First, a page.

"By stringing along impressionable, disaffected youths in a bid for high-profile convictions, aren't authorities doing more to mold extremists in America than actual terrorist groups?"

1. "Impressionable, disaffected youths" might do drugs, or burglarize something, or steal a car, etc. Planning the indiscriminate murder of dozens of people, then actually pulling the trigger? That kind of person can't simply be described as "impressionable."

2. These high-profile convictions (arrests, anyway) serve a very important function: a) they show what can happen to would-be plotters, b) they make all the would-be plotters distrustful of each other, because it seems like a government agent could be anywhere. Taken together, that's a very potent combination for combating domestic terrorism (at least it's probably better than just about any alternative).

Does anyone doubt that less people look to arrange sex with underaged people in large part because of police stings, and the publicity that surrounds them? How many murders have been avoided because of the perception that every other "hitman" out there just goes right off to the police station after being propositioned?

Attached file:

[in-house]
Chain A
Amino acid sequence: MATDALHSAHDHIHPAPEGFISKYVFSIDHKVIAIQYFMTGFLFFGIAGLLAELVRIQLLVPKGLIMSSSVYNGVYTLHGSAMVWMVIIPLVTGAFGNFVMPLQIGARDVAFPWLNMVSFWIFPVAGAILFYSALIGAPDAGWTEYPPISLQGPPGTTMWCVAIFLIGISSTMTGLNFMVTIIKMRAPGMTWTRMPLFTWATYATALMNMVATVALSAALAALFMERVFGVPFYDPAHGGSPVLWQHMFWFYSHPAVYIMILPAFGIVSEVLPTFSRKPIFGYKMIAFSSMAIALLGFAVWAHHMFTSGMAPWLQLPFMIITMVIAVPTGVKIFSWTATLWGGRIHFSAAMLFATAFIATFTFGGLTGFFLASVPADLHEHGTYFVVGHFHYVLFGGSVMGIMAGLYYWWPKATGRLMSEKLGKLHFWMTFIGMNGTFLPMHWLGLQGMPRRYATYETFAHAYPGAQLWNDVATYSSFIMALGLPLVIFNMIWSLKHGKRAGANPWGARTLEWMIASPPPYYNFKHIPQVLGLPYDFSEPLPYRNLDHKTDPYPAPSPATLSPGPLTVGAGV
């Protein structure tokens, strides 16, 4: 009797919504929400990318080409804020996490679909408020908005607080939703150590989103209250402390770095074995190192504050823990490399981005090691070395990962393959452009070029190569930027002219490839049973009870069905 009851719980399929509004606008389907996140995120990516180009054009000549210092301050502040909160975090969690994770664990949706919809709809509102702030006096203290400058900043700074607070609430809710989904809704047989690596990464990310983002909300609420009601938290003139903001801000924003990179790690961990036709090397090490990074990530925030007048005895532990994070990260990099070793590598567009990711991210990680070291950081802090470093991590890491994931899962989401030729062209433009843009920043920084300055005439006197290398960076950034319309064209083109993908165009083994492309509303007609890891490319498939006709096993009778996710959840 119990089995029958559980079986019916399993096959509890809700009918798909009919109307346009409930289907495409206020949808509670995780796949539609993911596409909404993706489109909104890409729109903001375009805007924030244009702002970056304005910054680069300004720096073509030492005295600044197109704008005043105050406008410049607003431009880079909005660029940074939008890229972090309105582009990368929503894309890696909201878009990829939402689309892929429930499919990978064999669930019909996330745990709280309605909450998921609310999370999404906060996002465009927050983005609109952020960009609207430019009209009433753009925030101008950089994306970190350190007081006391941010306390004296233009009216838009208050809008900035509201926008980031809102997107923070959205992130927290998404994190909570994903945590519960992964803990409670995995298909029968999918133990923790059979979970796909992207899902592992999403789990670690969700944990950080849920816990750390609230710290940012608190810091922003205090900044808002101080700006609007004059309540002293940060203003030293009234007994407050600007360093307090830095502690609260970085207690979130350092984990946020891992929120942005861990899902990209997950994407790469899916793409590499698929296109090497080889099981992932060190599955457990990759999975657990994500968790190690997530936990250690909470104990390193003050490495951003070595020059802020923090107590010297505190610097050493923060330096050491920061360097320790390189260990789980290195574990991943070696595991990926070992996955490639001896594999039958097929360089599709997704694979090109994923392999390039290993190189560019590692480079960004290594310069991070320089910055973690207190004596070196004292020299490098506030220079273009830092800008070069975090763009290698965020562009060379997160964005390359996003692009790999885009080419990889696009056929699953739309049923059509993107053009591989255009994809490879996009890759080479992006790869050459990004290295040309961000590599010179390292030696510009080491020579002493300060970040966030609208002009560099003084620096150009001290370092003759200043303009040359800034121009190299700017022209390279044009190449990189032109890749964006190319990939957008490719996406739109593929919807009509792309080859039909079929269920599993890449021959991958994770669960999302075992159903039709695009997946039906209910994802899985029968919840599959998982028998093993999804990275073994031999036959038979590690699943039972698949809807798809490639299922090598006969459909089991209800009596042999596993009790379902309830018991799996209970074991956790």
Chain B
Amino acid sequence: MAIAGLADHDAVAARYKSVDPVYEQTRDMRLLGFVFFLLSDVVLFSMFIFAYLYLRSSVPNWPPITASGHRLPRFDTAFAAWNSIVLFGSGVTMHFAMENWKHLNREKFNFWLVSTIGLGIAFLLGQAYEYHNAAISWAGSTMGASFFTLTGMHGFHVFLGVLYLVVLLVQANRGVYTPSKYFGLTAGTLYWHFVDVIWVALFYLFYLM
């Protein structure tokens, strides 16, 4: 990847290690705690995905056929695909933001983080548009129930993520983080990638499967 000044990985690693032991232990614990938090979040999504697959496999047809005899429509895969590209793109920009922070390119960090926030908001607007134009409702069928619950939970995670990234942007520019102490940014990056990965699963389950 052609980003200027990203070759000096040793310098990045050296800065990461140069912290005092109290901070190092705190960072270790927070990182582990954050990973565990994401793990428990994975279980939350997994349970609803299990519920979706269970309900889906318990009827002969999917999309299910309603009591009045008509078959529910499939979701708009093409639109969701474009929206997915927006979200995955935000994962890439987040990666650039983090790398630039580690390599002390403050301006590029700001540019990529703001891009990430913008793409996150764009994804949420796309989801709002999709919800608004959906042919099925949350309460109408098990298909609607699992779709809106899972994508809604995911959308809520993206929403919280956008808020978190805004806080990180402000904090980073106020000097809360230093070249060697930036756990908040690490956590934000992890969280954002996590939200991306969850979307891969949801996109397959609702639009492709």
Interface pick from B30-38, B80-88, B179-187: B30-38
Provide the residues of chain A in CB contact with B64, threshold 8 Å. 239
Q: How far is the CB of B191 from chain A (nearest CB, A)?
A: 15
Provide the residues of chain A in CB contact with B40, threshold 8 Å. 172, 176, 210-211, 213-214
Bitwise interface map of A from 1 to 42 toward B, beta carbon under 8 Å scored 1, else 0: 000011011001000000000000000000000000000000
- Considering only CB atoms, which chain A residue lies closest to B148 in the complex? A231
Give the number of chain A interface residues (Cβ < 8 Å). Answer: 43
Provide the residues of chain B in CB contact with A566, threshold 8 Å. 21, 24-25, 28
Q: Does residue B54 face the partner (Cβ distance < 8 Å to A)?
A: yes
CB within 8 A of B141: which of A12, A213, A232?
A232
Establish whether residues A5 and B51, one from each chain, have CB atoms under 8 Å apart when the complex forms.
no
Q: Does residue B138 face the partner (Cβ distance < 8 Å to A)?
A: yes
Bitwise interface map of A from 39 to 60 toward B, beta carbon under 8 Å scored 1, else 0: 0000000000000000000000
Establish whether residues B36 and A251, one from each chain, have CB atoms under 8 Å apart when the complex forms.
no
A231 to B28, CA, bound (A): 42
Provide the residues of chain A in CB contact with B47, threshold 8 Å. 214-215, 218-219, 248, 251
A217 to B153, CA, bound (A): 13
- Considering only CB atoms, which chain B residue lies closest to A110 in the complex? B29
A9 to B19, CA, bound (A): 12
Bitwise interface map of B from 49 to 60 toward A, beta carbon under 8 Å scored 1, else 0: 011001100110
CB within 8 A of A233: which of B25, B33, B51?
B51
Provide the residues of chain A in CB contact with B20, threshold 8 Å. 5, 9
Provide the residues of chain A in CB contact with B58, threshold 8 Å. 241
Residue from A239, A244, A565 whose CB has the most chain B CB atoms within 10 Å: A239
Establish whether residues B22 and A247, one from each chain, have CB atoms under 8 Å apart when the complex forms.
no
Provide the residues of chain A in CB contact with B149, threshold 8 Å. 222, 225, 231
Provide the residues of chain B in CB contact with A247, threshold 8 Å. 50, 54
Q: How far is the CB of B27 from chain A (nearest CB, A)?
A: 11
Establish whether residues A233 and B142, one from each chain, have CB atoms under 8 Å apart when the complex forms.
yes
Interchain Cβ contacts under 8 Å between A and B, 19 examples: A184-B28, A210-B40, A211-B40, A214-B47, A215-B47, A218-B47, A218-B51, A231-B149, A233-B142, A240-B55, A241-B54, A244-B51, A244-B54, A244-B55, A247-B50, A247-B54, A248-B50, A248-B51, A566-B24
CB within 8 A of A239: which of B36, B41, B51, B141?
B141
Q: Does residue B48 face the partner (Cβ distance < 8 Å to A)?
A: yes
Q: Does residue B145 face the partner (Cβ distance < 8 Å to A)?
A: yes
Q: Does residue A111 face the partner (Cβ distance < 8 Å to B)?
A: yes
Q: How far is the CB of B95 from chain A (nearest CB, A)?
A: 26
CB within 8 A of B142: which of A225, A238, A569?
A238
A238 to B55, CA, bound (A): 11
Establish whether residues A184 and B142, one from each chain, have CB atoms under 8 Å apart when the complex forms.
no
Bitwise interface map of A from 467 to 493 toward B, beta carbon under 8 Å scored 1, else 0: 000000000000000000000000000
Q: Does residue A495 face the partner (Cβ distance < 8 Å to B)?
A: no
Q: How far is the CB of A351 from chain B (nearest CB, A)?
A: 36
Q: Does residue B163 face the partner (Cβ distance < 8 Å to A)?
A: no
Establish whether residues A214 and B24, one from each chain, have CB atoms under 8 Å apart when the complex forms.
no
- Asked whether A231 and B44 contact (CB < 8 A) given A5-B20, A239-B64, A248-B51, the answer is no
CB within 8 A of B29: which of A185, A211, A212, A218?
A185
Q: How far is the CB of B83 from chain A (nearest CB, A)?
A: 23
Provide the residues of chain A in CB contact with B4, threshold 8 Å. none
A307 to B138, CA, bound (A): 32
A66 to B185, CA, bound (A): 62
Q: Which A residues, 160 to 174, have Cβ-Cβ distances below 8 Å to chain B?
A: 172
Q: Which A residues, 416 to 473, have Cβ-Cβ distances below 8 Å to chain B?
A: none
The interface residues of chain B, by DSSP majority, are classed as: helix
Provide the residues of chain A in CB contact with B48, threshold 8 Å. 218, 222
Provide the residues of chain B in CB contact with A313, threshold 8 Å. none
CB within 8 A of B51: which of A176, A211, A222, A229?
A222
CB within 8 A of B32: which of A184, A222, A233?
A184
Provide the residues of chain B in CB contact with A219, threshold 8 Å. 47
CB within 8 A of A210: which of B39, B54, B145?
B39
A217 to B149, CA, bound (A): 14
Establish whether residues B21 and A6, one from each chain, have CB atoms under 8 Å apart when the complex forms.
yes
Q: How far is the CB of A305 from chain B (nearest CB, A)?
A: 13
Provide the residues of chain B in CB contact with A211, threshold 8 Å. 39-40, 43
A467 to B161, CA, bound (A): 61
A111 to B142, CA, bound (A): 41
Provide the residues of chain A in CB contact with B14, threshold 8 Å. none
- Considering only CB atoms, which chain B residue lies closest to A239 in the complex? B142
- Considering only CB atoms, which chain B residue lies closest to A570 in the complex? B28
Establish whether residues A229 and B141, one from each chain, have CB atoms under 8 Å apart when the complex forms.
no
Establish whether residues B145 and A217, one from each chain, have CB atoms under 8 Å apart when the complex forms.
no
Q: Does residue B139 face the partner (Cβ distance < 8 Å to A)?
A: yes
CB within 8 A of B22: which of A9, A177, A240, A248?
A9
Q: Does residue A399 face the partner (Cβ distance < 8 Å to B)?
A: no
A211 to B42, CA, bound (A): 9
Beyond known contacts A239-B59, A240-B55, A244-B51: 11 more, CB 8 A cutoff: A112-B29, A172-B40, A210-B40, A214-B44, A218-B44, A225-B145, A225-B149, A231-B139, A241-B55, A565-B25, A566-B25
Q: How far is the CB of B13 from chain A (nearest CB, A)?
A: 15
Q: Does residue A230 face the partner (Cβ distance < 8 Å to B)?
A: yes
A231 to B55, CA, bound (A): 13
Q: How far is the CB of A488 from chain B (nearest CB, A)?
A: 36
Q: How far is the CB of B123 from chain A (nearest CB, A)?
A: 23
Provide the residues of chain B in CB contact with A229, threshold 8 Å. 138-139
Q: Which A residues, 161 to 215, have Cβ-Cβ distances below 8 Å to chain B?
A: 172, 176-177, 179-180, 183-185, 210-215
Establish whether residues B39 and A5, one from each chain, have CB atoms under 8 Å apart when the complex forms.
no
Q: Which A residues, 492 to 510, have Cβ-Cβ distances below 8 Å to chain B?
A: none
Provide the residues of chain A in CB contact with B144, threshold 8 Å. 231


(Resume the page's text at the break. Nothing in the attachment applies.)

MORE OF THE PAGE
Being a willing participant who went all the way through with this simulated terrorist act is a criminally culpable act, no less so than showing up at a hotel room with condoms, or paying off the person you believe will kill your spouse.

The proper questions should be: what are the appropriate charges, and what are the appropriate penalties? Since deterrence is obviously a huge component of these prosecutions, it would seem that these attempts, if proved, need to be harshly dealt with to chill other would-be plotters.
"This kid had one intention and that was to kill as many people as he could."
No one is disputing that. However, would he have had that intention had FBI agents not planted and slowly nurtured the idea in his mind? The fact that their first contact with him went unrecorded means we may never know. There is no reason to assume that he would have, though. "Innocent until proven guilty," as they say, and generally speaking, people tend to not have a desire for mass murder unless they are either mentally ill (which he seems not to be) or heavily indoctrinated. There is also, for that matter, no reason to assume that he would have ever been taken in by a genuine terrorist group.